I love words. Even though I am a mathematics teacher, I often discuss the etymology of a word, or words: sometimes it is of any word used in explaining a topic, or in any conversation with the class; often it occurs with academic vocabulary; and more often, it is for one or more mathematics vocabulary words. Nearly all the time, however, my purpose is to connect the words together to help student understanding.
As we approach linear relationships, and the concept of slope, I often start discussing distance, time, and speed, and how they relate to one another. Most students intuitively understand these concepts.
When I ask if they remember how to express the relationships between these three concepts, most respond that they do not. This leads to a discovery process beginning with the word speed and a discussion of common ways people describe their speed to one another, especially if riding in a car. Most often students respond with miles per hour. From here, I write mph on the board then expand it into miles per hour. A discussion of units and units of measure typically occurs at this juncture; I am a huge fan of dimensional analysis to help students better understand their mathematics.
From miles per hour, we discuss the mathematical symbol(s) used to depict the word per, typically called the fraction bar: —, or dash: ⁄ ; I prefer to use the fraction bar. From here, I write out the following representation for the units of speed.
At this point, I proceed in one of two ways, depending upon whether I wish to make explicit connections between a series of related mathematics vocabulary first, or to emphasize an algebraic representation for one of the relationships between distance, time, and speed. As this post focuses on vocabulary over representations, I will discuss the latter in a later post.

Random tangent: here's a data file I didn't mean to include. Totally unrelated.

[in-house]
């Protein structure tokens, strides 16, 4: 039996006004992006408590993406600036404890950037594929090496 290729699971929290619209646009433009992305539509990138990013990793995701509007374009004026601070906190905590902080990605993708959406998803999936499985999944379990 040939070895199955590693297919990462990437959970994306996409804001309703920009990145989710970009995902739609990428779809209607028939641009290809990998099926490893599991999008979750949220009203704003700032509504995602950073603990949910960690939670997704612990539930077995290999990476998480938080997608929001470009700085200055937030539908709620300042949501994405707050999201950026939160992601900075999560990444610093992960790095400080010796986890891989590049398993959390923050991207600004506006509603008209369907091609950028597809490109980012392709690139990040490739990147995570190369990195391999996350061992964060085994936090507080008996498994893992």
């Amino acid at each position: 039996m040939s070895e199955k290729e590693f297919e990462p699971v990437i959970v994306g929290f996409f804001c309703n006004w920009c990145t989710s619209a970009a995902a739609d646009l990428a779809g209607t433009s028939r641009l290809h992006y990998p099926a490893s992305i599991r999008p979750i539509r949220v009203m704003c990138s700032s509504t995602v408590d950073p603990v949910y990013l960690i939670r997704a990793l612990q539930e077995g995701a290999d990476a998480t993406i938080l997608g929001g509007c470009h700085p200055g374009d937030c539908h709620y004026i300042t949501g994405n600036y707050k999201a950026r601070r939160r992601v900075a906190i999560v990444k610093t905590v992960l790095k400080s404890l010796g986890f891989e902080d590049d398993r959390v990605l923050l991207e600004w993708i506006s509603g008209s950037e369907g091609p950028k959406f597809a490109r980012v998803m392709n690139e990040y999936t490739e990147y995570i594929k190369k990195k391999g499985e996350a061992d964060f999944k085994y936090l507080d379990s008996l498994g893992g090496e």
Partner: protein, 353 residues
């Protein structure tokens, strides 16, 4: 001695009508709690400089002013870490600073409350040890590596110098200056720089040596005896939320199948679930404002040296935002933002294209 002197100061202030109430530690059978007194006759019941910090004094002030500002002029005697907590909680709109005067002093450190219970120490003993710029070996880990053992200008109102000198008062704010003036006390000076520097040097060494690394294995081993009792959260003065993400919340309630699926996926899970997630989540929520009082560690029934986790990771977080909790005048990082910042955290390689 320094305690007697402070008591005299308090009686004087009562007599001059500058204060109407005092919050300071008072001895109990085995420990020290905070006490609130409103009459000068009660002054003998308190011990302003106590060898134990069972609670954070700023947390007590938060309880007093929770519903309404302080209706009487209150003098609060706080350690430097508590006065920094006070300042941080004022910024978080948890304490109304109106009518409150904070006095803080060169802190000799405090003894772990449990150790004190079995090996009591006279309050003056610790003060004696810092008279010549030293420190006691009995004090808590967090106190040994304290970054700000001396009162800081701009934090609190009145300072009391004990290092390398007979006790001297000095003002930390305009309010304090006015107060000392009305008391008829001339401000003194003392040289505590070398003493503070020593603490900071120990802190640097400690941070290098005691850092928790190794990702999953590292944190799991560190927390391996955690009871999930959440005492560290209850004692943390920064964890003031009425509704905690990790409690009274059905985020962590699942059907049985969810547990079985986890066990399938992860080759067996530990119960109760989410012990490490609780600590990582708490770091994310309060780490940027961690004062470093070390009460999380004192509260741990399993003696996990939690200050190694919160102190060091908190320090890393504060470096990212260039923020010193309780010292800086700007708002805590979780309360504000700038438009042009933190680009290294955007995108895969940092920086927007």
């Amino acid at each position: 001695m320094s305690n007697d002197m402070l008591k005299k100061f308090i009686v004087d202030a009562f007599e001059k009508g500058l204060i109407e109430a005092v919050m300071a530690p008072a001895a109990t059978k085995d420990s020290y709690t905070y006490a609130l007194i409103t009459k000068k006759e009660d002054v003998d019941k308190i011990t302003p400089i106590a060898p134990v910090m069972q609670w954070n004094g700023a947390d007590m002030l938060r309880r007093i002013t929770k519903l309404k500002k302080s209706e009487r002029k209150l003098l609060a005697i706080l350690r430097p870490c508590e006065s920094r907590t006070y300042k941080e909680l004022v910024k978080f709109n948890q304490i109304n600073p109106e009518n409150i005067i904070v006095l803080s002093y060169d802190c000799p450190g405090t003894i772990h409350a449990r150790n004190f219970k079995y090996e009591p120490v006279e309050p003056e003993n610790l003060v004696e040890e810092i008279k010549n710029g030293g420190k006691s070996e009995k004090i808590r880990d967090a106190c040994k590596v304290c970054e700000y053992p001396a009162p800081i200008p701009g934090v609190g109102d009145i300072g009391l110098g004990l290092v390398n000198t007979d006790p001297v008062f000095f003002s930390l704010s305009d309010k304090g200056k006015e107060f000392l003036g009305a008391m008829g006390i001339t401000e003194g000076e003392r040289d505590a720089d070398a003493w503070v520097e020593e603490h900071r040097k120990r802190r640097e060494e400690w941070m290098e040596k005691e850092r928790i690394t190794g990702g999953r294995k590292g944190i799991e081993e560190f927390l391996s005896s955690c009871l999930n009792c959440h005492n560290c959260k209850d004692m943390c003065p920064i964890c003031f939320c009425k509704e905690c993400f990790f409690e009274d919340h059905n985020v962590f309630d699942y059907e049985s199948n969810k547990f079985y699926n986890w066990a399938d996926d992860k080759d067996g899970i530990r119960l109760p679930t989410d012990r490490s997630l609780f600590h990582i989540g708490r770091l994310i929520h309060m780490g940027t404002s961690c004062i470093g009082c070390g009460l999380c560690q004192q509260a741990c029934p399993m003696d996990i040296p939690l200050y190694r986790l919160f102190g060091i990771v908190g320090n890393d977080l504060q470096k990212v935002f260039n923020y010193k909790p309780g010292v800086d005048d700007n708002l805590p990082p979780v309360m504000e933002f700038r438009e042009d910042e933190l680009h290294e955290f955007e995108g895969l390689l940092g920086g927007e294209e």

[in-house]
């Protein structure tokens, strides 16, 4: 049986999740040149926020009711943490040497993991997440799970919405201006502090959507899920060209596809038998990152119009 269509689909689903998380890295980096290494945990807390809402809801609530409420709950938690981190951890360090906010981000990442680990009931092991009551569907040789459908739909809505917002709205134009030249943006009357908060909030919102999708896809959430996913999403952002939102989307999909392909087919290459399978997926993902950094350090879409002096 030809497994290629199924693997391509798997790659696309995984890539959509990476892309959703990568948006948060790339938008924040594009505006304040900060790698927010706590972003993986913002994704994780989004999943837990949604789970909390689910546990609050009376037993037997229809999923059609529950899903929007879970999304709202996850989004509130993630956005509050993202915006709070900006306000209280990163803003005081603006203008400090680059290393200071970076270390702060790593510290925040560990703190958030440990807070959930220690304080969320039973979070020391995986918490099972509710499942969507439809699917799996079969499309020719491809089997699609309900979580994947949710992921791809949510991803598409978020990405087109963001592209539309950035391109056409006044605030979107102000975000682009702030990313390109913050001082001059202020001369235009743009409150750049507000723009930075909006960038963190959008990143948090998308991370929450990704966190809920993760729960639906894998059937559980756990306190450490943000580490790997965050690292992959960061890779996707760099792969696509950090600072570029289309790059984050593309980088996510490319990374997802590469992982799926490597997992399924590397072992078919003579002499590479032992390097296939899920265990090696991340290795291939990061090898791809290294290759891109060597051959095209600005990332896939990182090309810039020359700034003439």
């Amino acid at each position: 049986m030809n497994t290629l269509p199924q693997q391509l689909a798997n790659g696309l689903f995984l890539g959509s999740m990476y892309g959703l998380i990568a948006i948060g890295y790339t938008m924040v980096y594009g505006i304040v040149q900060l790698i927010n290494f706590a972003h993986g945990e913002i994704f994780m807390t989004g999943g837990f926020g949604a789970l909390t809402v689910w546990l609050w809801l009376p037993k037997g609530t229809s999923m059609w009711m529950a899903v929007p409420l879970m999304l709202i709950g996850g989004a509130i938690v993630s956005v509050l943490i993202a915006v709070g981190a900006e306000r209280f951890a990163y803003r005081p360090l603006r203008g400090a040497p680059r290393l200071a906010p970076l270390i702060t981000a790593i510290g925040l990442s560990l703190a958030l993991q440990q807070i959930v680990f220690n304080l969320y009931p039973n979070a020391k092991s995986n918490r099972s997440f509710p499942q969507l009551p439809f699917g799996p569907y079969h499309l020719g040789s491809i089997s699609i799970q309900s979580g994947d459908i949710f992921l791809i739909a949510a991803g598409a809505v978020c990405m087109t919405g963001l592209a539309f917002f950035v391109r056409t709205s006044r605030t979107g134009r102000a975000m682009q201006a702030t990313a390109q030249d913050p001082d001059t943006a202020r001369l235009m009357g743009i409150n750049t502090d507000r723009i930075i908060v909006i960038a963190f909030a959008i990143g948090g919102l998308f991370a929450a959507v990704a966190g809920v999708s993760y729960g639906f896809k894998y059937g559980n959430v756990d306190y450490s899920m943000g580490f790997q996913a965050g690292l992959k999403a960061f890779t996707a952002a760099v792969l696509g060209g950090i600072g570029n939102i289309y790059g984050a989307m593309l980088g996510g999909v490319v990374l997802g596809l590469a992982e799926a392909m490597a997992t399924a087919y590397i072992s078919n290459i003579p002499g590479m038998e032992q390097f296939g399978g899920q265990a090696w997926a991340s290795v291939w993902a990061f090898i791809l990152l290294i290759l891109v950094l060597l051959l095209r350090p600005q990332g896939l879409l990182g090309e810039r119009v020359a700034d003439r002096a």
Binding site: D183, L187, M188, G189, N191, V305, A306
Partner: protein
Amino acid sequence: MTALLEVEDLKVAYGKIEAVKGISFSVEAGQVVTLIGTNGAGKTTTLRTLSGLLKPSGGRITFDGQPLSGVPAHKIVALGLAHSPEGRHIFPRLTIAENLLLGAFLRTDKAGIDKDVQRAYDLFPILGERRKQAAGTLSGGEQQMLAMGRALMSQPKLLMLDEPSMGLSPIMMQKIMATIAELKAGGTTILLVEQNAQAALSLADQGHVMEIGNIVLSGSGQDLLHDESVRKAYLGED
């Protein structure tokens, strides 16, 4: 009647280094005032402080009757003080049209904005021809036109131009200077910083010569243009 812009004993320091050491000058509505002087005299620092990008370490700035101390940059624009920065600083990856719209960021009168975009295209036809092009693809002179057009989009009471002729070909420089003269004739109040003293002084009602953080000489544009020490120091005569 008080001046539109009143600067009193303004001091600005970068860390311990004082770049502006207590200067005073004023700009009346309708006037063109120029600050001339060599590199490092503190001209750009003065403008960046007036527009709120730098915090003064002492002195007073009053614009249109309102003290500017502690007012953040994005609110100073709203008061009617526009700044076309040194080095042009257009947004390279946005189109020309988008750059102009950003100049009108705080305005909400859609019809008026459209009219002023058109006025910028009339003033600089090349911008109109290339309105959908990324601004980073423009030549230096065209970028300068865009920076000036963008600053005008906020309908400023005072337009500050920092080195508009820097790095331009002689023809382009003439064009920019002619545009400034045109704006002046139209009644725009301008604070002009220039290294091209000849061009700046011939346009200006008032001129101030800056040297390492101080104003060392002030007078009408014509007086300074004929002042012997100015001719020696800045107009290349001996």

Explicit Vocabulary Connections
If I intend to emphasize the connections between certain mathematics vocabulary, which will become clear in a moment, I ask students for a synonym for speed that they may have heard in earlier math or science classes. Few mention rate, however, at times, some do.
Once the vocabulary word rate is in play, I write out something akin to the following.
Attention then shifts back to the representation of the units for rate at the end of the sentence. When I ask what name students might give to the representation for the units, students respond with fraction most often, and some with the word I sought: ratio.
This allows me to write out the following: rate & ratio asking if anyone notices any similarity between the two words. A few students exclaim rat! To which I say, “Correct!”, which leads to lots of giggling. Once the laughter settles down, I briefly explain the Latin root word, rat or rata, from which both rate and ratio were derived.
With the connection between these two words established, I ask students if they know of any other mathematics vocabulary that includes either of these in whole or in part. As I have a large poster I created in the front of my classroom depicting number sets, students fairly quickly announce rational number; whereupon, I show that ratio is a root word of rational. This leads me to write out a rational number, such as three-fourths, as shown below.
This segment concludes with students observing the connections between the mathematics vocabulary: rate, ratio, and rational number.